- The Prime Minister at today's briefing announced strict new curbs on public life, with everyone being told to stay at home and all non essential shops and businesses ordered to close. Citizens can only leave home for basic shopping, exercise, medical treatment and essential work. More information was published in a guidance note
- The Chair of the DCMS Select Committee has written to the DCMS Secretary of State, Oliver Dowden MP about the impact of Coronavirus on culture, tourism, charities and sport, echoing our asks for the charity sector.
- The British Business Bank has today issued information on how organisations can access and apply for the Business Interruption Loans. However, the eligibility criteria confirm that organisations, including charities, will need to generate more than 50% of their income through trading activity. We are seeking clarity on what is defined as trading activity, however, this still will exclude the majority of charities.
- The Pensions Regulator have issued guidance for pension scheme employers, trustees and administrators for managing through the coronavirus crisis. Whilst the obligation to keep making payments continues, the Regulator acknowledges there may be some breaches and will maintain a fair and proportionate approach.
- The government have published a Procurement Note that sets out information and guidance for public bodies on payment of their suppliers to ensure service continuity during and after the current coronavirus outbreak. This is welcome news to ensure charities contracting for services continue to receive payments.
UPDATE 21 March 2020
Yes, updates even on a Saturday, but unprecedented times call for unprecedented measures!
Following our joint press release yesterday and a concentrated and united lobbying and campaigning effort from all sector infrastructure bodies, Stephen Doughty MP/AS together with over 100 MPs and Peers from 7 parties, has written to the Chancellor, Number 10 and the Charities Minister, to support our asks and call for further clarity and urgent action to support charities. Please show your support on social media if you can, using the hashtag #EveryDayCounts, or by writing to your MP and sharing your charity's experience and position.
UPDATE 20 March 2020
CFG, ACEVO, IoF, NCVO and other charity infrastructure bodies are working together tirelessly to make the case to government that the charity sector needs swift, simple and substantial support if the sector is to survive through the Coronavirus crisis and help our beneficiaries and communities. We have issued a joint press statement and please look out for further media coverage over the coming days. If you would like to lend your voice and support, please share with your networks, local media outlets and on social media using the hashtag #EveryDayCounts. Send us your case studies of how the impacts of Coronavirus are being felt in your charity to email@example.com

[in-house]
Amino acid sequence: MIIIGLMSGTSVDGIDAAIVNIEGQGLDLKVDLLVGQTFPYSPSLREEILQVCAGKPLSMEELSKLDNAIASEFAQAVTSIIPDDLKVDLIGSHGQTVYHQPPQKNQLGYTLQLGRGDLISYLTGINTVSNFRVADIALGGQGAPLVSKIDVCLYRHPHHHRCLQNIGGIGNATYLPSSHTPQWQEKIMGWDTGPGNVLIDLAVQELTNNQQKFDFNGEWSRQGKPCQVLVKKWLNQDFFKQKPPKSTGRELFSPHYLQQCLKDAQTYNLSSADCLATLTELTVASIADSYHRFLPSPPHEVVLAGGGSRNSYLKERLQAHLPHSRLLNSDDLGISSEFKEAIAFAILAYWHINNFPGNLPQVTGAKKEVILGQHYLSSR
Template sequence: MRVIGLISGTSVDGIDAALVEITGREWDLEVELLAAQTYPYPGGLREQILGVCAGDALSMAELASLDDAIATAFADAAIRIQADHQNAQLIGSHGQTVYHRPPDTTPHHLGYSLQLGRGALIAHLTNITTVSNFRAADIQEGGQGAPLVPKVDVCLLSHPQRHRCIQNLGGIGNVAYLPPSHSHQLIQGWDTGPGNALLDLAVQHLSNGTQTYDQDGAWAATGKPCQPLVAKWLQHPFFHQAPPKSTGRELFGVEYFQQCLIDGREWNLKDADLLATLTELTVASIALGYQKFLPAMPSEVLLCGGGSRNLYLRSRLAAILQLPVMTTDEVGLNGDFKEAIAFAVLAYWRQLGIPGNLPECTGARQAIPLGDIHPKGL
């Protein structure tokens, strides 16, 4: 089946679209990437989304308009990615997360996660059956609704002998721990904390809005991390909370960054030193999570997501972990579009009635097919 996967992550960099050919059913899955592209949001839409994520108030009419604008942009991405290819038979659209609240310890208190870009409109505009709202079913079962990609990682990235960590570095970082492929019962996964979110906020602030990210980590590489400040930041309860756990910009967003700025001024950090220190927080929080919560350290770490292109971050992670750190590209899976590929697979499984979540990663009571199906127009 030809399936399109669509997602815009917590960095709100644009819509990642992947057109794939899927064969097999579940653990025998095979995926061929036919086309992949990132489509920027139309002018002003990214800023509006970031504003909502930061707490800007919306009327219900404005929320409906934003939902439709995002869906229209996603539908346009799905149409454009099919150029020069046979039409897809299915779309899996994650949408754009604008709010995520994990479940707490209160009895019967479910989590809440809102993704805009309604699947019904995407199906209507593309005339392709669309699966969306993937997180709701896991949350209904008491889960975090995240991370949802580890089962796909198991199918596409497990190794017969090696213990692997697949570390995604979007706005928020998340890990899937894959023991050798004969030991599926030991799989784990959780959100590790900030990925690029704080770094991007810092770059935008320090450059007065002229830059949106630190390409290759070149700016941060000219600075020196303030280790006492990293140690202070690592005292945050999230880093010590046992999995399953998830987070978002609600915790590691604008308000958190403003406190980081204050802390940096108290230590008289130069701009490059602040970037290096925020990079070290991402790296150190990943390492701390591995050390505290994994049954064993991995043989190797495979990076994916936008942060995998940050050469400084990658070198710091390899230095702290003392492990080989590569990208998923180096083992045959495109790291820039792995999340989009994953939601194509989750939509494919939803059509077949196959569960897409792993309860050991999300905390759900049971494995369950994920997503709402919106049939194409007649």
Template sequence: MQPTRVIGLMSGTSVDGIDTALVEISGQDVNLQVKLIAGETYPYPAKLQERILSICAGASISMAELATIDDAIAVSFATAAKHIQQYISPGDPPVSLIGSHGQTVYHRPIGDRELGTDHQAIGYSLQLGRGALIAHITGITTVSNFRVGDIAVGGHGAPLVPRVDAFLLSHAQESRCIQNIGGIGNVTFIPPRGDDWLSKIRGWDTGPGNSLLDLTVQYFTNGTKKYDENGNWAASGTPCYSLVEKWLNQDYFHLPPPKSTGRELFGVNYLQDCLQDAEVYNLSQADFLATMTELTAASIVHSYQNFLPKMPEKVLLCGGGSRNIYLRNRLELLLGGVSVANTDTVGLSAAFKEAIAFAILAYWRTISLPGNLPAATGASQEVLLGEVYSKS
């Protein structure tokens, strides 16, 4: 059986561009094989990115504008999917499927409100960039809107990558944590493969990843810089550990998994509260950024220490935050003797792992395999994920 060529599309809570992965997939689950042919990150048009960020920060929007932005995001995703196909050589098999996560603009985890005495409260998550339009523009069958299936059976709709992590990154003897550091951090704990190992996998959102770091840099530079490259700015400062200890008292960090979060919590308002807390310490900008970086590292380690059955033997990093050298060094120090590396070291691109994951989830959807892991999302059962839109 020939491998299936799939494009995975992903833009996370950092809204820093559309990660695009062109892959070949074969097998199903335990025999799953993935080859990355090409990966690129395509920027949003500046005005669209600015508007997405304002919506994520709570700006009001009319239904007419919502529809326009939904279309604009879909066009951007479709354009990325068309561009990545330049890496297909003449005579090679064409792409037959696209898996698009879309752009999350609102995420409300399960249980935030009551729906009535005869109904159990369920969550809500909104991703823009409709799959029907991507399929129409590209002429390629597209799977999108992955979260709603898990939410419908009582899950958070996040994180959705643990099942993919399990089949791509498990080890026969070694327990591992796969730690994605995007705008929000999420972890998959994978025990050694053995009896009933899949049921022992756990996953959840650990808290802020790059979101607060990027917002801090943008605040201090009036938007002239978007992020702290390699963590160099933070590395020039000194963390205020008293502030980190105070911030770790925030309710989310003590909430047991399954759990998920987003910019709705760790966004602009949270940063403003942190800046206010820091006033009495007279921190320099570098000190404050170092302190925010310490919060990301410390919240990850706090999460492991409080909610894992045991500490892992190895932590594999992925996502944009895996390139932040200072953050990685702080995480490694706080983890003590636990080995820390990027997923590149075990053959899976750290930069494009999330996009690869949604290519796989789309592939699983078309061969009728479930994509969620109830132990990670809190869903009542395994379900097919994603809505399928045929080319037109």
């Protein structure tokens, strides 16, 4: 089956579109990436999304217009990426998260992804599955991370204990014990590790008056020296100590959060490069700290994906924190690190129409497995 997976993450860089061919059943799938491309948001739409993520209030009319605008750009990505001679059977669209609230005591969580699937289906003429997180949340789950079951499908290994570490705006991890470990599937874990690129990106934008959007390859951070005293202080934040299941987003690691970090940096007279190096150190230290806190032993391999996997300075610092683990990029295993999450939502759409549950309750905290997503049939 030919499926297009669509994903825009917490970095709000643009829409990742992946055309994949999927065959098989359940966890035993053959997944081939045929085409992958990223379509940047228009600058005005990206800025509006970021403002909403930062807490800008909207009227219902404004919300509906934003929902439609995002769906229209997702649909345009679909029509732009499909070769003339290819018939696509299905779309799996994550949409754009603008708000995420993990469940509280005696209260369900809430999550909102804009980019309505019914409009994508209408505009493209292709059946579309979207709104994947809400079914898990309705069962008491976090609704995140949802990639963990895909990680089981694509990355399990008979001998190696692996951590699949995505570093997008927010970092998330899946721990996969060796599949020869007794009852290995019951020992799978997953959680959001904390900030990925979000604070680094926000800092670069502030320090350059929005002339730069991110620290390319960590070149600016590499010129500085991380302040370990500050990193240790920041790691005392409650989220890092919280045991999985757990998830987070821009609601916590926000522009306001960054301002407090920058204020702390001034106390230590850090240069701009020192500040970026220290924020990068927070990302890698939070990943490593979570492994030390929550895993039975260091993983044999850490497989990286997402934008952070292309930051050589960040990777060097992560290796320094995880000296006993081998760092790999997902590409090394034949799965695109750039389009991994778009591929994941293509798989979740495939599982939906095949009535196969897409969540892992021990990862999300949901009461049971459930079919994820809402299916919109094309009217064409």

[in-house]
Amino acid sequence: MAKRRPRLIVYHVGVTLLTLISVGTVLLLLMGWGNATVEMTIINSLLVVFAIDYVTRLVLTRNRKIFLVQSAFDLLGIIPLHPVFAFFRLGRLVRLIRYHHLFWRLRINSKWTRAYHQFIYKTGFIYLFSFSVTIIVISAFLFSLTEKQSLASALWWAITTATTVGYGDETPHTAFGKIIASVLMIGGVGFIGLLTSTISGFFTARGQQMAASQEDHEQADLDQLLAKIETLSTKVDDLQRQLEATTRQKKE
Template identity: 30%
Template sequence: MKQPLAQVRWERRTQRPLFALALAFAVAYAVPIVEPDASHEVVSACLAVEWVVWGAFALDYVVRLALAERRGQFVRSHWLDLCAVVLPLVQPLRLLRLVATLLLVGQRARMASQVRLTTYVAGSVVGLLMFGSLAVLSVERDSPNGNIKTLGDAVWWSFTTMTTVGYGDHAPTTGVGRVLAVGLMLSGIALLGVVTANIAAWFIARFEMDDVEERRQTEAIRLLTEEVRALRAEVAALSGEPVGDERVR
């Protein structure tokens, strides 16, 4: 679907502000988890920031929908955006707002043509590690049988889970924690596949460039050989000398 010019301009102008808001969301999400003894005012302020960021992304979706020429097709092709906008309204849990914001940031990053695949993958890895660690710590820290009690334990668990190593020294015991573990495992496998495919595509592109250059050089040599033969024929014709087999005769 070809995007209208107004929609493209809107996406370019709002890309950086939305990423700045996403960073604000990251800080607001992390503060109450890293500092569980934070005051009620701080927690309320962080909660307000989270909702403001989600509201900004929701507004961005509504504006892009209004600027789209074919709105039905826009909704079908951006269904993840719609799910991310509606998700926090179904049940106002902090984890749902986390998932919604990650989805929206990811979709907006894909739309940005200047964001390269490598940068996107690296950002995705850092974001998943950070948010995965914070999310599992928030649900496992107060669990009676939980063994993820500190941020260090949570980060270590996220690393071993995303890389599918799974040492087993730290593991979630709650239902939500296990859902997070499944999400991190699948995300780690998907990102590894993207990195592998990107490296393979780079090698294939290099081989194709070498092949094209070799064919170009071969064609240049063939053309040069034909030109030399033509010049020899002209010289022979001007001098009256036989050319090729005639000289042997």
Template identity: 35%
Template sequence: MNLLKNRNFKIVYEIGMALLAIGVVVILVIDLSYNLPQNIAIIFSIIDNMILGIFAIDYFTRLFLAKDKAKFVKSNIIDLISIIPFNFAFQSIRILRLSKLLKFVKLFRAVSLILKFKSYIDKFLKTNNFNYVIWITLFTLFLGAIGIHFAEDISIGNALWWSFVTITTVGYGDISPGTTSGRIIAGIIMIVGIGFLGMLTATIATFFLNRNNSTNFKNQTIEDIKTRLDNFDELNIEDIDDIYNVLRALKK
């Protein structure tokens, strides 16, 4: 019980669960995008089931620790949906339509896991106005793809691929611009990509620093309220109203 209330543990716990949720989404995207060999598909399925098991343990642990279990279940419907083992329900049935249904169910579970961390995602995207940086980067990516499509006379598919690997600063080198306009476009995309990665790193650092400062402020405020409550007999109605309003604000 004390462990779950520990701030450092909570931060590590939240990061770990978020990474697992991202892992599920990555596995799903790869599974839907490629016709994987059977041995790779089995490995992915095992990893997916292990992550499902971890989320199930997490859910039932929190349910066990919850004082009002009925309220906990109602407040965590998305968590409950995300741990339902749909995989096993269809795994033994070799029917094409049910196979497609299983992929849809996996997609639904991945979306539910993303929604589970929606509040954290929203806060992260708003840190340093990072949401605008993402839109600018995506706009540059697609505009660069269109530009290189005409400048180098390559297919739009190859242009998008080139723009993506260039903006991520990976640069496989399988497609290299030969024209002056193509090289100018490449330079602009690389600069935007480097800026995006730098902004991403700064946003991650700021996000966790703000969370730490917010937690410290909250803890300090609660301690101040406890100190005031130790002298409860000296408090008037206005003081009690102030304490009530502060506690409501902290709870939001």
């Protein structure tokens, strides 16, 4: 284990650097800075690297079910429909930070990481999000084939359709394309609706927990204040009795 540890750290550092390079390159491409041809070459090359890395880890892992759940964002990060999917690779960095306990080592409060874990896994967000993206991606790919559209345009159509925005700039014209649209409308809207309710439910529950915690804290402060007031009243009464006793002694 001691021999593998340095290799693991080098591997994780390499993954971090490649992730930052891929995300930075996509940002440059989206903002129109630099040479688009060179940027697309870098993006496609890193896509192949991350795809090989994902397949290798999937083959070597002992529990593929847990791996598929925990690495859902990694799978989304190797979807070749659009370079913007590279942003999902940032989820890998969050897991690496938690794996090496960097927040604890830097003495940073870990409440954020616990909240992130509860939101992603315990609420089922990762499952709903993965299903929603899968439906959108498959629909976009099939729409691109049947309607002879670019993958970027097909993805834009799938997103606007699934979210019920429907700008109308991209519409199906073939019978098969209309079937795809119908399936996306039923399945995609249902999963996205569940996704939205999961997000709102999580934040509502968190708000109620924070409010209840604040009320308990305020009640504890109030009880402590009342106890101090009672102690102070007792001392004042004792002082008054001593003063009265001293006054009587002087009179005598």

Chancellor's Announcements today
The Chancellor, Rishi Sunak MP in today's Coronavirus briefing announced a substantial package of measures for business and individuals. He called them 'unprecedented measures for unprecedented times' and nobody would disagree. Amongst the measures announced were:
- A #coronavirus job retention scheme ( also available to charities), where organisations can apply to HMRC for grants to cover 80% of wages backdated to 1 March. The funding for the scheme is unlimited but there will be a £2,500 a month limit through PAYE. First grants paid by the end of April.
- The coronavirus Business Interruption Loan Scheme will be interest free for 12 months available from Monday. It will also be open larger and medium sized businesses - but it is still to be determined if this is also available to charities.
- Next quarter VAT payments deferred until mid June and bills don't need to be paid until the end of the financial year - it's unclear if this is also applies to charities, but we assume so.
The full details of the measures are set out on gov.uk
When asked a direct question about support for charities, the Chancellor replied that he and the government were talking with the Communities Secretary ( Oliver Dowden MP) and the charity sector and is considering support needed for voluntary and community groups.